Even though PLAYER B is heavily favoured to win the roll-off, and does win it, there's actually an interesting choice here due to Seizing Territory sitting in his hand. He could actually choose to take the Shields and give the Battlefield to his opponent, retaking the Battlefield as his first action with Seizing Territory, but the risk of an action cheat card into disrupting his resources (R2-D2 Disrupt side resolved for 2 Disrupts with C-3P0) is just too big and would leave him extreme weakened round 1 - especially with no ramp card available.
IF he gave the Battlefield to his opponent he'd also miss out on the extra die provided by BENDU'S LAIR, effectively giving him a 6dice start (counting in Gideon Hask's Power Action). It can in fact become a 2 times 6dice start if he either claims the Battlefield first or use Seizing Territory at the end of the round to recapture the Battlefield after his opponent claims. PLAYER B is really spoiled for choices here, but opts for his own Battlefield.
There's also no way that you can allow an opponent to play on Mean Streets, which can be so incredibly abusive when it starts stacking resource tokens.
FIRST ACTION(s) of the game is PLAYER B using the BENDU'S LAIR Power Action to find a 1 Resource side, while PLAYER A plays a HAN SOLO'S DICE on Han Solo, and PLAYER B resolves the Resource side.
The early resource is really massive. PLAYER A should already now consider the real threat of an early Megablaster Troopers if PLAYER B has either Fresh Supplies or Logistics in hand. PLAYER A is definitely betting on his Easy Pickings to put in some work here and might even consider a defensive line playing Republic Cruiser if the Megablaster Trooper shows up.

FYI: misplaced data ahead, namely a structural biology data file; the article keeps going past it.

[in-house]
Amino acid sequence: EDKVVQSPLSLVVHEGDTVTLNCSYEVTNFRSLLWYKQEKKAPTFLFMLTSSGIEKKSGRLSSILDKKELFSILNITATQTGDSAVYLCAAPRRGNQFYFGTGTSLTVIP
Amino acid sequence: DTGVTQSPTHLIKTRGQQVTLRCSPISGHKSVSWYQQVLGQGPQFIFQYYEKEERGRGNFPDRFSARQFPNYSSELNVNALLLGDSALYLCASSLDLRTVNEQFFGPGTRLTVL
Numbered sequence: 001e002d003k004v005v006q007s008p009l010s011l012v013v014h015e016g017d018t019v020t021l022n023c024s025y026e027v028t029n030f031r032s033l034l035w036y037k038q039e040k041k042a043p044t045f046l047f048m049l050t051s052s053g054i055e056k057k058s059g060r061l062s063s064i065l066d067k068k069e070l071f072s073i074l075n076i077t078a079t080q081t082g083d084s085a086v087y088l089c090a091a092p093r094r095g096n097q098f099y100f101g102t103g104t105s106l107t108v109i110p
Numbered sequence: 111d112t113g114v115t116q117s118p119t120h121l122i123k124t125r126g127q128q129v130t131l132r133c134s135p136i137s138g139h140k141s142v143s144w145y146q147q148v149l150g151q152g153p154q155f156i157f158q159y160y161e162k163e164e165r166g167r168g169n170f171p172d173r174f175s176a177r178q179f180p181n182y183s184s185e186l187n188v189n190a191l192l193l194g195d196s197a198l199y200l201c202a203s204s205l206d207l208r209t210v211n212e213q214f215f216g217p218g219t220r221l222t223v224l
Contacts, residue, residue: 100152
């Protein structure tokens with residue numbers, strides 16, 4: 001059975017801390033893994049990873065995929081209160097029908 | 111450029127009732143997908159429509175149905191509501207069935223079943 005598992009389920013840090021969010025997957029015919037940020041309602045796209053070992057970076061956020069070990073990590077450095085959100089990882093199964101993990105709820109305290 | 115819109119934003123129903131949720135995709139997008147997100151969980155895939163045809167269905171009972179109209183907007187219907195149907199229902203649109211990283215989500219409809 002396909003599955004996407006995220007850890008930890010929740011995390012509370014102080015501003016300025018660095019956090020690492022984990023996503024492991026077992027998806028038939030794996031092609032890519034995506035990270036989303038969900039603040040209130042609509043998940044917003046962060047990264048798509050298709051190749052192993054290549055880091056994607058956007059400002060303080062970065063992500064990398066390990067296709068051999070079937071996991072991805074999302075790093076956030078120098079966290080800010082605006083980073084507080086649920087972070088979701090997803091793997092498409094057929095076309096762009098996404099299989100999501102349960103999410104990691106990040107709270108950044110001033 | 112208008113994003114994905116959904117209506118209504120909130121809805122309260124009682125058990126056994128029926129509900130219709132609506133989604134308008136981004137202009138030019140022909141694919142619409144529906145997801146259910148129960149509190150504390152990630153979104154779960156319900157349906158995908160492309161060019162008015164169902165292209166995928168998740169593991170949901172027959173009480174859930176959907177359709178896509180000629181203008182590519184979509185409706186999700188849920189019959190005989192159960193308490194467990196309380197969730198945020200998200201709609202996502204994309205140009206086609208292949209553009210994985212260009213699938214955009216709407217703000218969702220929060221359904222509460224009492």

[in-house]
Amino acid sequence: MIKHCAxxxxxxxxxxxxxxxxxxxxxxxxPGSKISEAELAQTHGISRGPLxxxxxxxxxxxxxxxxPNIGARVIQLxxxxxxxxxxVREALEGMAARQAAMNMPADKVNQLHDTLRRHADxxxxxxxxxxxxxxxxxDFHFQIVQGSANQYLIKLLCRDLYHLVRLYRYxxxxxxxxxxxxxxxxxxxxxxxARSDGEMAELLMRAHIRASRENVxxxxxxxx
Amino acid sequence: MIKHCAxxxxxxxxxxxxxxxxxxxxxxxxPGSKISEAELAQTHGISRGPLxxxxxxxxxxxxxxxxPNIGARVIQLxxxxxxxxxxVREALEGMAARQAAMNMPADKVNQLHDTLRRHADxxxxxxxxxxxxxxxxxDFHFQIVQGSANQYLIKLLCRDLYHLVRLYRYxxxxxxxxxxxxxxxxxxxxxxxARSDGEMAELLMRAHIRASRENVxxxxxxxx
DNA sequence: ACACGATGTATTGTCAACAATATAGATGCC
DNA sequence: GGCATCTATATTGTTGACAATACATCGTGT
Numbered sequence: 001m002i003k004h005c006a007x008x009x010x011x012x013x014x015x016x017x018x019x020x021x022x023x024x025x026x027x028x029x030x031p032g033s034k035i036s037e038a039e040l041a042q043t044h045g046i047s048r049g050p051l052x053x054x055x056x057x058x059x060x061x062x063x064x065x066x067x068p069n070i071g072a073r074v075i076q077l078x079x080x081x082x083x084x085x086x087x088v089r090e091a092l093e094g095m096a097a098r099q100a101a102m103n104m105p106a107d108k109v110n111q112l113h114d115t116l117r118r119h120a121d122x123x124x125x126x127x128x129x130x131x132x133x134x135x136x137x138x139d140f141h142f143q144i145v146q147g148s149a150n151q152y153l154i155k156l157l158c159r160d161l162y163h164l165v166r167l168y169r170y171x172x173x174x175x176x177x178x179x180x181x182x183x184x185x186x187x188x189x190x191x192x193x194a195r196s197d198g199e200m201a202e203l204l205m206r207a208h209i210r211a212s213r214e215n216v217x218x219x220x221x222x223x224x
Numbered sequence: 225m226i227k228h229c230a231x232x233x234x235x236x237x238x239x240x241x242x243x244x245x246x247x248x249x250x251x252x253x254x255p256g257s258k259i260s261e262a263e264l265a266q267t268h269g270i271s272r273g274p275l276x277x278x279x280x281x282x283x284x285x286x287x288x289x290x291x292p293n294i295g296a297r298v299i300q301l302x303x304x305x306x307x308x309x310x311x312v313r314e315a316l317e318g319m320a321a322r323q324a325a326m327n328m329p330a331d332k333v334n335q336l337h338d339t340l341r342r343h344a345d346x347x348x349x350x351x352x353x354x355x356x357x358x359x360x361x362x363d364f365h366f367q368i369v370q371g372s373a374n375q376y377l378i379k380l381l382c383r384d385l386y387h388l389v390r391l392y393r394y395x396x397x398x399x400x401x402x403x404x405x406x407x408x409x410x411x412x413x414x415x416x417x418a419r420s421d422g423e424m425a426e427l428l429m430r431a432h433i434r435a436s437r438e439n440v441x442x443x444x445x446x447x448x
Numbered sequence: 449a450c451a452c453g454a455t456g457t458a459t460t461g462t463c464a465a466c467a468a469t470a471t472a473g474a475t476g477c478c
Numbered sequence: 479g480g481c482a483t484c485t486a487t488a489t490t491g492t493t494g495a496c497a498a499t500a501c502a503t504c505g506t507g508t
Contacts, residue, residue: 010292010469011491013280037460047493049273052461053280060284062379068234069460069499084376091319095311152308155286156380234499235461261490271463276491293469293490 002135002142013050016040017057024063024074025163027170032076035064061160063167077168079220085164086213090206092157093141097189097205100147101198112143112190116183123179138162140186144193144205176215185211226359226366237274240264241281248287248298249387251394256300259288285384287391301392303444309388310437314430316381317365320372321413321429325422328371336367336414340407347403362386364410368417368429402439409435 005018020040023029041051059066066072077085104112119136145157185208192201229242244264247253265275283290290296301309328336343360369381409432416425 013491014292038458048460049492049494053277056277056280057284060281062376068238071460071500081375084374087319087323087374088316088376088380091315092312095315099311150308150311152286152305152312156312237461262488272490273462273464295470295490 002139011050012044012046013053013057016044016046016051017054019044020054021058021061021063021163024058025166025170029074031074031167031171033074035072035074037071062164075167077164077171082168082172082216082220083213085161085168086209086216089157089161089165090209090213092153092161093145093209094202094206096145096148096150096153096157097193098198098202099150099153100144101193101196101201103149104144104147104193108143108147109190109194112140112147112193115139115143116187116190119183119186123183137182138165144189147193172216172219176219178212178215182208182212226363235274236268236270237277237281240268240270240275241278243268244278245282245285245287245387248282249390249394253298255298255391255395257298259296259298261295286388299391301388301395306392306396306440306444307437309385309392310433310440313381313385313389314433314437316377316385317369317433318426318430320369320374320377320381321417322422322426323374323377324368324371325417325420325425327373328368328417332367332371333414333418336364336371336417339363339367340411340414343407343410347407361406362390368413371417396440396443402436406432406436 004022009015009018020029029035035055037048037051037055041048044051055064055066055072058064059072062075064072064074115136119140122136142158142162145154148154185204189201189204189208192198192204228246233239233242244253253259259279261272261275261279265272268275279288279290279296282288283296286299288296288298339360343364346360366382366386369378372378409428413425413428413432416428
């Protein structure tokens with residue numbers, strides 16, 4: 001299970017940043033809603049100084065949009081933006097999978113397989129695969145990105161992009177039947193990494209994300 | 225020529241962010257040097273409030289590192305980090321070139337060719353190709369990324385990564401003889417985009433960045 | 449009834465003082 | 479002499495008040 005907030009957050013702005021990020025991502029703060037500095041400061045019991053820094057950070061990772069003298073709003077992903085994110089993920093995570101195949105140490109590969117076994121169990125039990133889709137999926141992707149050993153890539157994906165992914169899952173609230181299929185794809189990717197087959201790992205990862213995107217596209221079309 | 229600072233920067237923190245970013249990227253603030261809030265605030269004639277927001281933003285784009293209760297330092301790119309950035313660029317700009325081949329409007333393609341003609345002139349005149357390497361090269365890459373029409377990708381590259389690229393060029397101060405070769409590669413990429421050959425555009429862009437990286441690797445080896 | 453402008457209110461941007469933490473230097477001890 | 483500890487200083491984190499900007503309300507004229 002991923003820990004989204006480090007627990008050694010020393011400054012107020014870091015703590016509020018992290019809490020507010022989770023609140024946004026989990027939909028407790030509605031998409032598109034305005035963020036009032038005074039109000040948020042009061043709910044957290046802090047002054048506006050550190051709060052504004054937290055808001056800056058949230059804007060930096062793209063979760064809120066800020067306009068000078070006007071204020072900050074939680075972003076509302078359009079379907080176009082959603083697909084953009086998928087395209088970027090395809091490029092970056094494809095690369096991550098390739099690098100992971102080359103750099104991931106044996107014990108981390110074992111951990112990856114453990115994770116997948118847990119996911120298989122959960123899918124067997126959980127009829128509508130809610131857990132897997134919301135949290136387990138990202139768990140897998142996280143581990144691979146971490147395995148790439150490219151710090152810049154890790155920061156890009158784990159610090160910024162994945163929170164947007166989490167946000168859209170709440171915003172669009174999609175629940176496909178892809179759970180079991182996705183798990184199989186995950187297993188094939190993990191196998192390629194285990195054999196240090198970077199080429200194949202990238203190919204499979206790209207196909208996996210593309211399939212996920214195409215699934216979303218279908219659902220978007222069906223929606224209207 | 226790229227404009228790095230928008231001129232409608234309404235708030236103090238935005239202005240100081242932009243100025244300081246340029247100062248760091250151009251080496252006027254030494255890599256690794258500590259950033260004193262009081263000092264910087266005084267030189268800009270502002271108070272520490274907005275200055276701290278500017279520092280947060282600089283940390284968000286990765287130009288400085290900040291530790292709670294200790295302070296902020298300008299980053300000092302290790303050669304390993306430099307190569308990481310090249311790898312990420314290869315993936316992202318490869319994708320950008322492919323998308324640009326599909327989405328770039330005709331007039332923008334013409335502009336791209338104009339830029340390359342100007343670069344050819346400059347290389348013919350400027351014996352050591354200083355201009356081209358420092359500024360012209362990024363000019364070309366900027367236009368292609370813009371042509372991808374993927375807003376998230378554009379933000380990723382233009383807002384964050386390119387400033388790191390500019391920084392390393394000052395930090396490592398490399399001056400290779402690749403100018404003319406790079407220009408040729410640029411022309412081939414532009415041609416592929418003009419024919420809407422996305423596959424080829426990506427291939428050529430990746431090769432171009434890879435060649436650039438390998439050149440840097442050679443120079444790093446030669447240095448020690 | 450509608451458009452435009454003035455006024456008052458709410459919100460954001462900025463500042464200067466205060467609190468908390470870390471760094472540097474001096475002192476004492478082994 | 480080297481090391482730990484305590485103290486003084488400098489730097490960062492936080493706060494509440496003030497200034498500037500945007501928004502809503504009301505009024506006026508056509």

As both players are setting their board states, they continue round 1 by:
- [PLAYER A]: Activating Han Solo finding a 1 Resource, 1 Ranged damage and a +1 Resource side on Han Solo's Dice.
- [PLAYER B]: Playing Conscript Squads,
- [PLAYER A]: Resolving 2 resources,
- [PLAYER B]: Playing AT-RT.
If you were PLAYER A what would have been your line of play here?
PLAYER A decides on what I'd consider a big gamble! He plays the CHEWBACCA'S BLASTER RIFLE. Even with C-3P0 and R2-D2's after abilities he'd need the Blaster to over perform to defeat a character and potentially pay back on the investment. The damage on R2-D2, although taken on a Shield, to roll the Blaster die into the pool also seriously increase the risk of losing that investment this round. There's also the question on what mitigation, if any, PLAYER B has in his hand. PLAYER A hits the Disrupt side.
PLAYER B proceeds to activating Gideon Hask finding a 2 Indirect and 1 Ranged damage side, while PLAYER A discards to reroll to find a 4 Ranged damage side. Mind you that there's just 33% chance of him finding a damage side that can be resolved immediately without hitting a resource side on C-3P0. Without Focus sides in the pool Chewbacca's Blaster can at times be fickle.
The question here remains whether or not PLAYER A had been better off activating C-3P0 to possibly find a Resource side, then play the Millennium Falcon, or activate both Droids, fix his dice and then play the Falcon. Either of these would probably have been my line of play.
PLAYER A is actually rewarded for his aggressive play as:
- PLAYER B activates his AT-RT and hits the +2 side.
- PLAYER A activates C-3P0 hits a Resource side and resolves it with C-3P0's after ability for 2 resources (hitting a Focus side would also have been ok though),
- PLAYER A uses FATEFUL COMPANIONS to trigger C-3P0's after ability a second time on the Chewbacca's Blaster die,
- Chewbacca's Blaster deals 5 damage to Gideon Hask
- While PLAYER A is left with 1 resource for his Easy Pickings in hand.
The something weird happens:
- PLAYER A follows up by activating R2-D2 and hits the 2 Ranged damage on the Blaster as well as a Disrupt side on R2-D2. I was expected him to turn the R2-D2 die to a 2 Melee, but for some reason doesn't use the after ability. This could be down to the player simply forgetting the after ability or wanting to keep the Disrupt side for something ... I was mulling over this for a bit before restarting the video.